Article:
The Round-up: Chancellor’s long trip North
With the Chancellor making the long trip north and Yorkshire’s devolution going if not south at least in circles, it feels everything’s everything is in motion this week. Ross Cathcart gives a sense of what it all means.
Philip Hammond’s bursting the Westminster bubble?
With rail investment and infrastructure high on the political agenda, Philip Hammond saw this week as the perfect opportunity to test those Northern trains for himself, travelling to meet the three Northern mayors in Manchester. The Chancellor said that the session with Andy Burnham, Steve Rotheram and Ben Houchen would ‘set the record straight’ after a summer of discontent following fears that plans to electrify key Northern lines would be dropped. To some extent, the reaction to the meeting fell down party lines with Rotheram concerned that while willing to listen, Hammond failed to promise any additional funding and Houchen celebrating the progress made in the meeting. Expect the murmurs of discontent to get louder as conference season approaches and the Conservatives return to Manchester. Not least if Hammond’s predecessor in No. 11 has anything to do about it; George Osborne has been scathing of the government’s approach and called for commitments to East-West rail improvements to be high on the agenda in October.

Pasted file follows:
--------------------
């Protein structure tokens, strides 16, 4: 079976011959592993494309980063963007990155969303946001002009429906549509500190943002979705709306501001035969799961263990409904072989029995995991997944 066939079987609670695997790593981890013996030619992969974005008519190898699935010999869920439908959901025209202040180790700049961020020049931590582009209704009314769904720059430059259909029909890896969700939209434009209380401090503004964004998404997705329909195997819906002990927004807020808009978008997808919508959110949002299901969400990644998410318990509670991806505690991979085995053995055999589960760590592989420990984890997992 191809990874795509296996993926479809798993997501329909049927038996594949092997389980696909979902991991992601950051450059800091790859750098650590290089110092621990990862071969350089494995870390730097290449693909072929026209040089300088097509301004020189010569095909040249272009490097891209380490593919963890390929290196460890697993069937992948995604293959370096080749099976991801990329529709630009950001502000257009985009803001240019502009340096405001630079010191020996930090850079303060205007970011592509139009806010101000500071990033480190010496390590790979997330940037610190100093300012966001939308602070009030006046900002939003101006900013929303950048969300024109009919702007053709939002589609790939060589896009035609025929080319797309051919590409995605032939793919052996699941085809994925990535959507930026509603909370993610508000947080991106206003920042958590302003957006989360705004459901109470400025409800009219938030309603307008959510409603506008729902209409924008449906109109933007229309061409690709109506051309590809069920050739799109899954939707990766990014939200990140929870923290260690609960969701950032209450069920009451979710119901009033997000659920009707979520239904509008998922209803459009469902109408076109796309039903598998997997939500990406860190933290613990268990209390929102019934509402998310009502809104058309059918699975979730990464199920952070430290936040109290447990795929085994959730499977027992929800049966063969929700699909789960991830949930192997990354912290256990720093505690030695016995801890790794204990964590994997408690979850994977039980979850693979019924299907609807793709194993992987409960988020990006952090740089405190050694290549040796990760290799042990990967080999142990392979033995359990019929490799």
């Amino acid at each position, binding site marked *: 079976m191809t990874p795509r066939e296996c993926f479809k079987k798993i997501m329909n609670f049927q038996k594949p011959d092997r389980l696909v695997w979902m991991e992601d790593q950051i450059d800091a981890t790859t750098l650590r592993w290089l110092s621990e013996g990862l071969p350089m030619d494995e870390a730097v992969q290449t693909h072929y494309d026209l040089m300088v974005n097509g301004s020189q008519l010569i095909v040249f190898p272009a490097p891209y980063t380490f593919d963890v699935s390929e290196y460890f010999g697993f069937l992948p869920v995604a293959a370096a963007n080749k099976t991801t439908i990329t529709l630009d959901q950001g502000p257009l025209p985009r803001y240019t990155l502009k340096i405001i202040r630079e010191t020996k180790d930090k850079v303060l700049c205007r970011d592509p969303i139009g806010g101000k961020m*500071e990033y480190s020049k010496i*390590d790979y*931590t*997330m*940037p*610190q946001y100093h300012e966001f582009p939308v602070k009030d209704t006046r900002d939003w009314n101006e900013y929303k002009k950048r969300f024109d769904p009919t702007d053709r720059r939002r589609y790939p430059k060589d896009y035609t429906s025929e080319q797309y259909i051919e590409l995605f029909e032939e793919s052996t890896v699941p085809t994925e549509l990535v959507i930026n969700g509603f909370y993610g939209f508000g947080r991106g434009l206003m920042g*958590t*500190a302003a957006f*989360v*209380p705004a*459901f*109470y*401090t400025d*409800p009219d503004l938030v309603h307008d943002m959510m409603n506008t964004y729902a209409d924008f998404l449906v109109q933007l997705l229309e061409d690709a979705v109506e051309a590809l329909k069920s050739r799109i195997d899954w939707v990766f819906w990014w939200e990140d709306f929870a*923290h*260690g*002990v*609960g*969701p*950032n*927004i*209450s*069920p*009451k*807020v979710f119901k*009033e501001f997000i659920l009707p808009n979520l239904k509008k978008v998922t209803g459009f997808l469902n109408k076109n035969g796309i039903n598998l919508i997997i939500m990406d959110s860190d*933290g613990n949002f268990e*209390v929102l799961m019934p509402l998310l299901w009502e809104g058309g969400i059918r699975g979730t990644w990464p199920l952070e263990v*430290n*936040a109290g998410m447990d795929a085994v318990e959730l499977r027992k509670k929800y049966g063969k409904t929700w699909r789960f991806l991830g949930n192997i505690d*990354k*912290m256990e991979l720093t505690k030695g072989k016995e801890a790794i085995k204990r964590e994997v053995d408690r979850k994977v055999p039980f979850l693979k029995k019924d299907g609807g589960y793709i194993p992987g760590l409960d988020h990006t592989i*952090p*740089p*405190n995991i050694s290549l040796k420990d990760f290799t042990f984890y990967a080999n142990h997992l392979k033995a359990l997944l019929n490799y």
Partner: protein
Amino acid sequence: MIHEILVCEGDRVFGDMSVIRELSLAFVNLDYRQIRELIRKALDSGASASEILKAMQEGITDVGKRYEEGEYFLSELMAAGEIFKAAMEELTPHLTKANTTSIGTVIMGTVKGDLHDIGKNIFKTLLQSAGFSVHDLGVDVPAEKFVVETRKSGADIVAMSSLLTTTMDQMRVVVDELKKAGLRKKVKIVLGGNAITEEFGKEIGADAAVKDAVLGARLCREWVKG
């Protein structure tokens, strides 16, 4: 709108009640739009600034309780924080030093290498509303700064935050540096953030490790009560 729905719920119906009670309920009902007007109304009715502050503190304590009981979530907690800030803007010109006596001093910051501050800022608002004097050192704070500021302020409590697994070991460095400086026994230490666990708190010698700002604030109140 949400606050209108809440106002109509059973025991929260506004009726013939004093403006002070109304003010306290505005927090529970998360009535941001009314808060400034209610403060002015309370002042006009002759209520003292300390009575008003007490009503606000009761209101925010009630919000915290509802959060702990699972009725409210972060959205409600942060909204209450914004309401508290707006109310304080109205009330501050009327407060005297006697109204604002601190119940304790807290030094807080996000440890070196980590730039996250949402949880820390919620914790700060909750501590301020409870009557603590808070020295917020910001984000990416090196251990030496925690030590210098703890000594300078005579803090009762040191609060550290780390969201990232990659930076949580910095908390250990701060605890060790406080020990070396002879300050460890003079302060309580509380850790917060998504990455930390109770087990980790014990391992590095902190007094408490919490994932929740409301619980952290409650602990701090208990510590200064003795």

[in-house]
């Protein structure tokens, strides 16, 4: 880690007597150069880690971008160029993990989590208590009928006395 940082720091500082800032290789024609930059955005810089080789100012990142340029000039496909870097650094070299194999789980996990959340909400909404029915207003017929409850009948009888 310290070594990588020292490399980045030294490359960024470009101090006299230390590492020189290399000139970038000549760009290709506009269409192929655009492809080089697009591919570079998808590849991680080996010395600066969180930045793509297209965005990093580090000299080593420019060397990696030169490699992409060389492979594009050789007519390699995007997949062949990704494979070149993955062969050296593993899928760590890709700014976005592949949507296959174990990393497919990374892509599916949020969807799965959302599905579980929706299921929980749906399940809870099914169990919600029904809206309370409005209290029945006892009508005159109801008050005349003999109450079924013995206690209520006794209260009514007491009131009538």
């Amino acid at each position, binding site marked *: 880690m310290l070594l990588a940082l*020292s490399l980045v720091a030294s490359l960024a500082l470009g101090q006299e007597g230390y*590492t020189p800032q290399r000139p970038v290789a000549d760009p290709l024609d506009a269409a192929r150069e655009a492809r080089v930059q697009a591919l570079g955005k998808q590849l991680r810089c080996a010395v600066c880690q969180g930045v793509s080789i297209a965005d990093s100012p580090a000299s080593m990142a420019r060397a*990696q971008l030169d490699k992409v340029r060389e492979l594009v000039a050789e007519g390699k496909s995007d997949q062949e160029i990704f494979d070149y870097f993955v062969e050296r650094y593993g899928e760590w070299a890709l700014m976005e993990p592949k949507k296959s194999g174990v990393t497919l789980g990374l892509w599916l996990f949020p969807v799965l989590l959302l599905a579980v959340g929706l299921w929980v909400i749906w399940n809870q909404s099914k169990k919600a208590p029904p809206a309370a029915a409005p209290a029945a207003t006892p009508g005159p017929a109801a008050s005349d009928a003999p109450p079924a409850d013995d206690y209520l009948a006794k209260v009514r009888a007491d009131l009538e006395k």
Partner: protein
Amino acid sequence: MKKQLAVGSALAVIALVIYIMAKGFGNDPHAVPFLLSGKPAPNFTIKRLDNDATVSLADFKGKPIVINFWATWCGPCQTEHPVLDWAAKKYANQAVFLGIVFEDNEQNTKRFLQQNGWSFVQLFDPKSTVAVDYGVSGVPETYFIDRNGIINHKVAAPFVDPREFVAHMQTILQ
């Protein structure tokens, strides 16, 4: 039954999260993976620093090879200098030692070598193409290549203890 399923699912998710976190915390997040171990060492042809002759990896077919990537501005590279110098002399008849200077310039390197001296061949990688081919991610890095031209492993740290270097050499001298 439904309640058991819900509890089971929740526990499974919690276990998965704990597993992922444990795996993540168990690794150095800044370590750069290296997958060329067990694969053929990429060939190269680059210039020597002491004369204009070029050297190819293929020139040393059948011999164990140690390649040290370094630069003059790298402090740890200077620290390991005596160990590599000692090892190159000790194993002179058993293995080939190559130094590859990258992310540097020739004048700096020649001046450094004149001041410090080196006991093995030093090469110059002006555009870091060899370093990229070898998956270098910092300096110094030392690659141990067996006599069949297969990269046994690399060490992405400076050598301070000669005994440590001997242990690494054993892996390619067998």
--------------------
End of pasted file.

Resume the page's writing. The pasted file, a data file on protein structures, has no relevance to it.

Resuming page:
Yorkshire’s devolution saga rolls on
Whilst there is no shortage of news coming from Yorkshire, it still feels we’re not so much moving towards a devolution deal for the region as moving sideways. South Yorkshire FSB started the week by expressing “its despair” at the state of Yorkshire devolution. Susan Hinchcliffe, Leader of Bradford City Council and the new chair of the West Yorkshire Combined Authority, urged the Government to grant Yorkshire devolution by 2018. Philip Hammond’s comments on Tuesday indicated that the Government may support this, considering a Yorkshire-wide deal but with a focus on the urban hubs of Leeds and Sheffield. By Wednesday, Jake Berry had moved on from last week’s rejection of a Yorkshire-wide deal and announced that “further devolution in Yorkshire should follow on from the SCR deal and we’ll continue to work with local leaders, the business community and local residents to make this happen.” With 17 of Yorkshire’s 20 councils joining a ‘coalition of the willing’, Sheffield CC and Rotheram MBC committed to a South Yorkshire deal and Wakefield Council pursuing one based around Leeds, there still remains some way to go on this journey.